I fell back on an oldie but a goodie this morning, as I whipped up a batch of Cranberry Scones to accompany my morning tea.
I return to this recipe time and time again, as these scones always turn out wonderfully, however this morning when I decided to make some on a whim I realized I didn't have any half and half - it's not something I normally keep in the house. Before panicking, I decided to substitute yoghurt for the cream, however upon opening my container of Greek yoghurt I realized it had gone bad.
It must be Monday morning.
Unwilling to abandon my desire for fresh Cranberry scones I turned to the internet, and although the options were lacking, I decided to chance the recipe using some some sour cream.
Luckily the scones turned out as wonderful as always, and now that I know they can be so delicious without half and half I am unlikely to go back - it will be only healthier Greek yoghurt or sour cream moving forward!
|The scones, heading into the oven|
|Fresh and juicy from the oven and ready to be devoured|
I've shared the recipe before, in it's original context, (adapted from Martha Stewart), however here is my revised recipe using sour cream...
2 cups flour
5 tablespoons sugar
1 tablespoon baking powder
1/2 teaspoon salt
6 tablespoons chilled butter
2/3 cup sour cream
1 tablespoon milk
2/3 cup frozen cranberries
Combine the dry ingredients and then cut in the chilled butter using a pastry blender. Add the sour cream and milk and stir to combine. Add the frozen cranberries. You may want to use your hands at this point as it can be hard to get the dough to form a ball, however be careful not to overwork the dough as it will make your scones tough. As these scones are quite rustic, don't worry about making every little bit of flour come together. Move the dough onto the counter and work into a disc shape, about 1/2 and inch thick - again these are meant to be rustic. Slice into wedges and place on a greased baking sheet. Bake at 425 degrees for 12-15 minutes or until the bottoms begin to brown. Let cool slightly before consuming.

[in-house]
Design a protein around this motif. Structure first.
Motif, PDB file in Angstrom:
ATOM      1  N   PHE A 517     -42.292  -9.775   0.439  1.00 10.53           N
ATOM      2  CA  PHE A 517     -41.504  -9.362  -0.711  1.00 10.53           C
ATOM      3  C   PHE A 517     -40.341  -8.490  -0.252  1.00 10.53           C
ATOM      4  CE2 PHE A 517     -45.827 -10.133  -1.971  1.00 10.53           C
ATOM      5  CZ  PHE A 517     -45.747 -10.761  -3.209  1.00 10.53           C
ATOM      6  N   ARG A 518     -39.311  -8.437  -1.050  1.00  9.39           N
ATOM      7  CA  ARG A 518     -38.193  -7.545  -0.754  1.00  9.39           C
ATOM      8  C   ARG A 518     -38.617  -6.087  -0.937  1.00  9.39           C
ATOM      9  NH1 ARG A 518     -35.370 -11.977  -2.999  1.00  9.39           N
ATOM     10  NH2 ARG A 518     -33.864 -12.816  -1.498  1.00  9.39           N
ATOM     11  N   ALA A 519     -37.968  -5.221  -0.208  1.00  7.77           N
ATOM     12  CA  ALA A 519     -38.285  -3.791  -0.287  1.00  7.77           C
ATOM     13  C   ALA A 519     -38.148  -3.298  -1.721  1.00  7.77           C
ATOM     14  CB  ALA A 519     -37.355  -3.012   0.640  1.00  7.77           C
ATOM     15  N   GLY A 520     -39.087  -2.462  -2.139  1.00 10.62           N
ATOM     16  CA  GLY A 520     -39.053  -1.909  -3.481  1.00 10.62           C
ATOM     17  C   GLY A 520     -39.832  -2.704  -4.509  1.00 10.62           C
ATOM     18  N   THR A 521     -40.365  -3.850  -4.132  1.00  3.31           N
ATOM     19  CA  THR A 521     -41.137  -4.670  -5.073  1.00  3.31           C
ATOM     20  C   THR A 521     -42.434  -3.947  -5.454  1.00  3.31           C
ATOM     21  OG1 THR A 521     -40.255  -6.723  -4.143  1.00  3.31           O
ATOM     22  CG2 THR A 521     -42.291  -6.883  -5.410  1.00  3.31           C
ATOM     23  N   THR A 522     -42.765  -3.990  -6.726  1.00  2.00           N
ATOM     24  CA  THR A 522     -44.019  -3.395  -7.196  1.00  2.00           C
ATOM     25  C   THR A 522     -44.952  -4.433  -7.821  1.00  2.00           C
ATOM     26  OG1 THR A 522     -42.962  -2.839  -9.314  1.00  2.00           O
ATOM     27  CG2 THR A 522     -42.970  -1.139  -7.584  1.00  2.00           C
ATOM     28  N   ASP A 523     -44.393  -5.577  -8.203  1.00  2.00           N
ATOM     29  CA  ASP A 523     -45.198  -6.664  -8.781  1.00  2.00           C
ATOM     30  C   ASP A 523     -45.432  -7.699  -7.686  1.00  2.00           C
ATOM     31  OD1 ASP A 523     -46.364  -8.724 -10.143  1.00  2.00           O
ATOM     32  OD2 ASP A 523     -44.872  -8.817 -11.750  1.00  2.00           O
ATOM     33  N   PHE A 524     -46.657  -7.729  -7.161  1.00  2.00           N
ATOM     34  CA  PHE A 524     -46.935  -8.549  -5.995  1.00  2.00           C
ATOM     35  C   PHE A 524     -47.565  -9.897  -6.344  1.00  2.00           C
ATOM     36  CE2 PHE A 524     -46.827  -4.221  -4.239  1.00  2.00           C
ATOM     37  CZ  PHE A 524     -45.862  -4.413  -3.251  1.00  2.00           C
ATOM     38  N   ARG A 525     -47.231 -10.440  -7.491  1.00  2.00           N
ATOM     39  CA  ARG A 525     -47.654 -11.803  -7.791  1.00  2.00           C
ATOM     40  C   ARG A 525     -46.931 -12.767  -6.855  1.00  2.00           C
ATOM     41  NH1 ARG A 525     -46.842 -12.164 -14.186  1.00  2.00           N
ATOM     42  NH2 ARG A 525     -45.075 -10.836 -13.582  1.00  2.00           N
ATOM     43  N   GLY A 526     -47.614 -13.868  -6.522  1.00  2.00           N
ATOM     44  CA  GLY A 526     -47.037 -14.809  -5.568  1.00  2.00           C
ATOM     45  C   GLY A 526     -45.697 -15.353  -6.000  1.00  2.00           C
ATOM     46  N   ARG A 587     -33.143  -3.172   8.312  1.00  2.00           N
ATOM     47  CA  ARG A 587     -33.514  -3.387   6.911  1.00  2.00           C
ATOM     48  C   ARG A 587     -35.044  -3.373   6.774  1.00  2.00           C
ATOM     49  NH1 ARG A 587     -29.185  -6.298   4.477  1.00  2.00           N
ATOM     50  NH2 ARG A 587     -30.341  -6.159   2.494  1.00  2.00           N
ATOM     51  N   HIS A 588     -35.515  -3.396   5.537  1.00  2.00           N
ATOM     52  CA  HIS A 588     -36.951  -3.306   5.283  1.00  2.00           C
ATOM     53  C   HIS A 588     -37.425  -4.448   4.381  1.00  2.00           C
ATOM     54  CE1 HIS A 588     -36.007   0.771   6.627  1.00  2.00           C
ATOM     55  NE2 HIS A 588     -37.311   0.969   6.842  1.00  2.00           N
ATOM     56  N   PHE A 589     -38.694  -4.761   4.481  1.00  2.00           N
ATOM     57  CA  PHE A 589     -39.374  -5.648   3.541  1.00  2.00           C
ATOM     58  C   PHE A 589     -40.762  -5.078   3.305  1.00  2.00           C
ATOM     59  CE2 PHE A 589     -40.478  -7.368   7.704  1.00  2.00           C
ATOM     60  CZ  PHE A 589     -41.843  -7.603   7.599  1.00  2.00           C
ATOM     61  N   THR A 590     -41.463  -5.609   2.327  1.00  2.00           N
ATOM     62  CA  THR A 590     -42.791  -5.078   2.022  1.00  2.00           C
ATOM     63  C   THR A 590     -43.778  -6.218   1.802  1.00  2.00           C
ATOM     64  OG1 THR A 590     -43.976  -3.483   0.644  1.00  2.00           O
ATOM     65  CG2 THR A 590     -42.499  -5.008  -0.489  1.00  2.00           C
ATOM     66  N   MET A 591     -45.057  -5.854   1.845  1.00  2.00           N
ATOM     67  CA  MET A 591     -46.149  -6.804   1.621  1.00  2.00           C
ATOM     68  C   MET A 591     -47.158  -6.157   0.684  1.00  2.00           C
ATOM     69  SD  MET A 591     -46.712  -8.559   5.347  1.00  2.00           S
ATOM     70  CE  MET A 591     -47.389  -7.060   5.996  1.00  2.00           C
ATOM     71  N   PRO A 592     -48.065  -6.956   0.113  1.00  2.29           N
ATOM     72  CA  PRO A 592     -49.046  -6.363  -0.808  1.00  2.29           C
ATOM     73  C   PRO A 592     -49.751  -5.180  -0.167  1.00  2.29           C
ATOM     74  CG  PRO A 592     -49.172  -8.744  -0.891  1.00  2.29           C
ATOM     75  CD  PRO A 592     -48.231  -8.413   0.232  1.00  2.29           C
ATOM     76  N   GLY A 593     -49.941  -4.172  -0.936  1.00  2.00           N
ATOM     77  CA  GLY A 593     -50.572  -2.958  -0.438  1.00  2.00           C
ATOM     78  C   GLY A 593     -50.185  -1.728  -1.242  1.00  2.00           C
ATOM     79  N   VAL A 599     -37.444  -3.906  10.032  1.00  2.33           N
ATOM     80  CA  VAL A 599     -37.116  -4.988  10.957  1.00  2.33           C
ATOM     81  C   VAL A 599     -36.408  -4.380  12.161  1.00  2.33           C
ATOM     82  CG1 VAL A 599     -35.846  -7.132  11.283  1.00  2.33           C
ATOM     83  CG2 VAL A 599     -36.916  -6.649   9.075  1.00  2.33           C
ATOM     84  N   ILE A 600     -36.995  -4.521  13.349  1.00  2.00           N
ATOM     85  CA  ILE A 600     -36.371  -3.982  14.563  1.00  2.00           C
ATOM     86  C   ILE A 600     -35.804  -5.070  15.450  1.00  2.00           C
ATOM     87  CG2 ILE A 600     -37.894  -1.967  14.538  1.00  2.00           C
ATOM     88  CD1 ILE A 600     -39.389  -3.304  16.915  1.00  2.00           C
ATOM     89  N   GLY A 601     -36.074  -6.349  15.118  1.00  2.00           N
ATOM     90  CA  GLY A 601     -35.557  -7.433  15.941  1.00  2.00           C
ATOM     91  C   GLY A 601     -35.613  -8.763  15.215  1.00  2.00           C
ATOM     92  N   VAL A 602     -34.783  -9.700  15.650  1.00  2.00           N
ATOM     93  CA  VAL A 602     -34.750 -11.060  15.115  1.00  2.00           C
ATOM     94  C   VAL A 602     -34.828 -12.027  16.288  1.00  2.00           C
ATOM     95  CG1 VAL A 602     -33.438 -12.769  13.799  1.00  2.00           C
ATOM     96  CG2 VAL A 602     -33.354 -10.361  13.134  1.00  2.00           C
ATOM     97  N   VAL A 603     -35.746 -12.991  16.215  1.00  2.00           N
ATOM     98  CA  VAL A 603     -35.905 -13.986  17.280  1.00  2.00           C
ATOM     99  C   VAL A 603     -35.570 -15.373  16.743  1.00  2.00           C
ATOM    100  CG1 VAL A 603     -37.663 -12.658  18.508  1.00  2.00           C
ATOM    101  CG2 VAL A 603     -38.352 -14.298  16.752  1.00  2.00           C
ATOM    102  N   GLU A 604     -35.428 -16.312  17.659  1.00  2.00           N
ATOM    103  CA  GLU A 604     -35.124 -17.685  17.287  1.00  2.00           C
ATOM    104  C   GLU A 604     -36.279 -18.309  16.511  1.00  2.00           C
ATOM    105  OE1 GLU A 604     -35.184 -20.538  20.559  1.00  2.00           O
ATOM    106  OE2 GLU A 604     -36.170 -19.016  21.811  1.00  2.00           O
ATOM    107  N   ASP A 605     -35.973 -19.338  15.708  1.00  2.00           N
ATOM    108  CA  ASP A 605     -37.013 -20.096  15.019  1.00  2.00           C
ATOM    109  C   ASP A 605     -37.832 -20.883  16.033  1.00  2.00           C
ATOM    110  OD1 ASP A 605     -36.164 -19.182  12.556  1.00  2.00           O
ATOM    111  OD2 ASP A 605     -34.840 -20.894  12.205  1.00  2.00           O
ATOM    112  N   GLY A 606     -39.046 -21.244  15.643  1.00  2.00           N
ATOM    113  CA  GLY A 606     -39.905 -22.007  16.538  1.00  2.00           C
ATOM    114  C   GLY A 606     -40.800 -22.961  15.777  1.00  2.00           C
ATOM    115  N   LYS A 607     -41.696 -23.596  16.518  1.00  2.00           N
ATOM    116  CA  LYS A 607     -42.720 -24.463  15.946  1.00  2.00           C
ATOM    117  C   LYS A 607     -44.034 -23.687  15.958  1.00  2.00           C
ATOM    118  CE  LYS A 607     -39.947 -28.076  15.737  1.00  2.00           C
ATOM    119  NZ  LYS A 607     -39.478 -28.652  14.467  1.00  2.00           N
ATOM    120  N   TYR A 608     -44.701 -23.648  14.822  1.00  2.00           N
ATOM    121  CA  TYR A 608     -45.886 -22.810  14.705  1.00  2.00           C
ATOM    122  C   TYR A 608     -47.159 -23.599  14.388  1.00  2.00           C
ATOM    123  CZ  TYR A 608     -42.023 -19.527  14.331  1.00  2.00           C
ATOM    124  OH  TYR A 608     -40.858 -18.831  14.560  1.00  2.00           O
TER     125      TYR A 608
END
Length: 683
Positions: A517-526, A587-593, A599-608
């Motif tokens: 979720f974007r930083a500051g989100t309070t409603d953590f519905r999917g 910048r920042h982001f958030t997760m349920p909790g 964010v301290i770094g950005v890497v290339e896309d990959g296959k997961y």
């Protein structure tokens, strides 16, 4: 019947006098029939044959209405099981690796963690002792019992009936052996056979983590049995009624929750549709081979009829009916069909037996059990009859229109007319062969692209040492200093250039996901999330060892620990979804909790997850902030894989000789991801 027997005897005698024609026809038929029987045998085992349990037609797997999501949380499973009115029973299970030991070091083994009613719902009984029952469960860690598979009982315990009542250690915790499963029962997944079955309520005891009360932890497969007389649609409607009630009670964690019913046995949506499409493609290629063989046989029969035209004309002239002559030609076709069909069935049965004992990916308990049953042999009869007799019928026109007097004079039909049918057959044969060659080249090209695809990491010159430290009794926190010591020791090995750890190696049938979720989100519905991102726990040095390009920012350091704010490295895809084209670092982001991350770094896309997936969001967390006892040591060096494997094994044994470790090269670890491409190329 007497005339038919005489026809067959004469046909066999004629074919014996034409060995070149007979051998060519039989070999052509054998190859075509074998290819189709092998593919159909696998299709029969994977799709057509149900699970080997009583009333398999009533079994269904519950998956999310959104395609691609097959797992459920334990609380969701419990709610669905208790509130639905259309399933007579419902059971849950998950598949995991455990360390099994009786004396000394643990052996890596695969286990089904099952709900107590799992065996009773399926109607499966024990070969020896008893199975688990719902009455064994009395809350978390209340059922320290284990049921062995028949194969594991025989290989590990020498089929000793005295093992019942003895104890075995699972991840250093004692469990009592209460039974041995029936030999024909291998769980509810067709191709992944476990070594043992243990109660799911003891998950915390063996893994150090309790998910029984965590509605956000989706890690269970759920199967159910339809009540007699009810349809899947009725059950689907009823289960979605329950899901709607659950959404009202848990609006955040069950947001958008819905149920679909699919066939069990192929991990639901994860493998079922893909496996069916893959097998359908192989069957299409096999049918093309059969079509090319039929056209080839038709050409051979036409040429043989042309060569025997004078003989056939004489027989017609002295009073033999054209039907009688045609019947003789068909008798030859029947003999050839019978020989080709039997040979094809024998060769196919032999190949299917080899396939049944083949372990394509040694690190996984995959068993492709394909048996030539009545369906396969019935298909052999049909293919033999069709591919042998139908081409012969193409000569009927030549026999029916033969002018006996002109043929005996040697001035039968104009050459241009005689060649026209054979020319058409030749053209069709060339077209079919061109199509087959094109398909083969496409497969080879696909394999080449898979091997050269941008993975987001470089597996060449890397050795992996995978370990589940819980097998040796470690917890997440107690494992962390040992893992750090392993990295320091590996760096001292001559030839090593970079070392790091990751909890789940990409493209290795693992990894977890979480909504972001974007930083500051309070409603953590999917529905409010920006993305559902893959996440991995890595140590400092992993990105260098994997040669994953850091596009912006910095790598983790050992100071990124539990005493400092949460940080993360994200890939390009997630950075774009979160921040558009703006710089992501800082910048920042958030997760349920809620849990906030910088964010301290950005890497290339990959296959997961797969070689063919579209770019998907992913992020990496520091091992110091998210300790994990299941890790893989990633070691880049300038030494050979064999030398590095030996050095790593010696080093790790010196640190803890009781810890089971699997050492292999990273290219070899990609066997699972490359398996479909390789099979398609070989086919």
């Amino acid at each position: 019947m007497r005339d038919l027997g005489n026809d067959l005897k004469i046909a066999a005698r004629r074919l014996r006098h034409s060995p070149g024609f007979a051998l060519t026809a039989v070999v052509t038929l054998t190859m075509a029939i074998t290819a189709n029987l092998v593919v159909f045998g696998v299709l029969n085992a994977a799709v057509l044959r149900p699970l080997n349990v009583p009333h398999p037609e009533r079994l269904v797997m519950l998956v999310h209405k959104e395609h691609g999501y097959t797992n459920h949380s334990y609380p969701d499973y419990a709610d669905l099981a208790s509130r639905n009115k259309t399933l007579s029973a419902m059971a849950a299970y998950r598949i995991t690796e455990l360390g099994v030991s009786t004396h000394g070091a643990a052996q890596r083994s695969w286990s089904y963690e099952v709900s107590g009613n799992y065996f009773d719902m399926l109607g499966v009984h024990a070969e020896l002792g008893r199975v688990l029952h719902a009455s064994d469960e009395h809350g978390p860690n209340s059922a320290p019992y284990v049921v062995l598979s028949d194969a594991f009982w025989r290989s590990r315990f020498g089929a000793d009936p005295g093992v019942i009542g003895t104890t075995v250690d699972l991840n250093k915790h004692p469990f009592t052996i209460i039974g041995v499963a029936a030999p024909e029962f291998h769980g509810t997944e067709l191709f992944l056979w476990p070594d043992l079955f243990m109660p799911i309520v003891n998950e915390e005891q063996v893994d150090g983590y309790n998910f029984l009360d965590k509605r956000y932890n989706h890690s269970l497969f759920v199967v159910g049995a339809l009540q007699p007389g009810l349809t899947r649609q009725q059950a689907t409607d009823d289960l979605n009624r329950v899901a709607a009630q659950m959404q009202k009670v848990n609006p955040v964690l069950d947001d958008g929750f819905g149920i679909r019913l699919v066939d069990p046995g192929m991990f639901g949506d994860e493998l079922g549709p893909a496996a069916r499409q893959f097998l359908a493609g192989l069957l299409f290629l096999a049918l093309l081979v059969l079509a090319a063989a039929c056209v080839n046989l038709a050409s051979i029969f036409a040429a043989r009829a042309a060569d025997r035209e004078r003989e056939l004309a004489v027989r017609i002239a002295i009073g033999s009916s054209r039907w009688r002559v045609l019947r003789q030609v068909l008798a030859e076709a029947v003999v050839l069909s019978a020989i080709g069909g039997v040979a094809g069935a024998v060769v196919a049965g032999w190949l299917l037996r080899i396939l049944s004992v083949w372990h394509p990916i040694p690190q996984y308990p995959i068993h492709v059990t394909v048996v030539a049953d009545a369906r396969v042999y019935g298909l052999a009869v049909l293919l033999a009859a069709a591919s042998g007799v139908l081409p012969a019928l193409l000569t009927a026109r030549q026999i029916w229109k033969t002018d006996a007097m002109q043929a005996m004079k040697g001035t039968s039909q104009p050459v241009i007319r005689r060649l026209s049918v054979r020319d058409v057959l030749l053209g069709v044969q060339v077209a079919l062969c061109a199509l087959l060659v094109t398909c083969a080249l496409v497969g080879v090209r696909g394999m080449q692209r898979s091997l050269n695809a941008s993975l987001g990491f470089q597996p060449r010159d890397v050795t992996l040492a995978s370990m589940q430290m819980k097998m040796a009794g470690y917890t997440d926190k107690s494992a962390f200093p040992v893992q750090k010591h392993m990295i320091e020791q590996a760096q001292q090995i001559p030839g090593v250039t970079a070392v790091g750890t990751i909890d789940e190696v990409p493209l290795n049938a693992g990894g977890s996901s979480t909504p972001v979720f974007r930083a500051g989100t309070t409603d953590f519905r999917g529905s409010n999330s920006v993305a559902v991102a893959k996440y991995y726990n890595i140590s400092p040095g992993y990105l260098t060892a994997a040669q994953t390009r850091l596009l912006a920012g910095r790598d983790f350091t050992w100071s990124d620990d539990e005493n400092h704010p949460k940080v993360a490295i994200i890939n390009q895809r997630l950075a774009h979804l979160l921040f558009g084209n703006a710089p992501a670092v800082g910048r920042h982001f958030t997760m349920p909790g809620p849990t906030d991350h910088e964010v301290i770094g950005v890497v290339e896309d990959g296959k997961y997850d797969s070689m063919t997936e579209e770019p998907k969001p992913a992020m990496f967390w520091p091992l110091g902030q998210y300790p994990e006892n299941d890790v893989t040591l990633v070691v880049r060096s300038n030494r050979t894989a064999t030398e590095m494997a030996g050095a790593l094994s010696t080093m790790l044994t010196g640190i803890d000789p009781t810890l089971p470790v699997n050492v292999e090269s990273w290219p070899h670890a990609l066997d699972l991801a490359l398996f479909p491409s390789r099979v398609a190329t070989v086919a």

Taste: The scone is light, not too sweet, and the cranberries add a lovely juicy tartness.
Texture: Flaky pastry and plump juicy cranberries.
Wow Factor: Although intended to look rustic, the scones are still quite lovely and would make a wonderful gift
Difficulty: Quite simple and fast, the recipe only requires one bowl. The most difficult part is bringing the dough together and not trying to make everything perfect.
Serve With: A hot cup of tea or coffee for breakfast, or tuck into a lunch bag for a morning snack.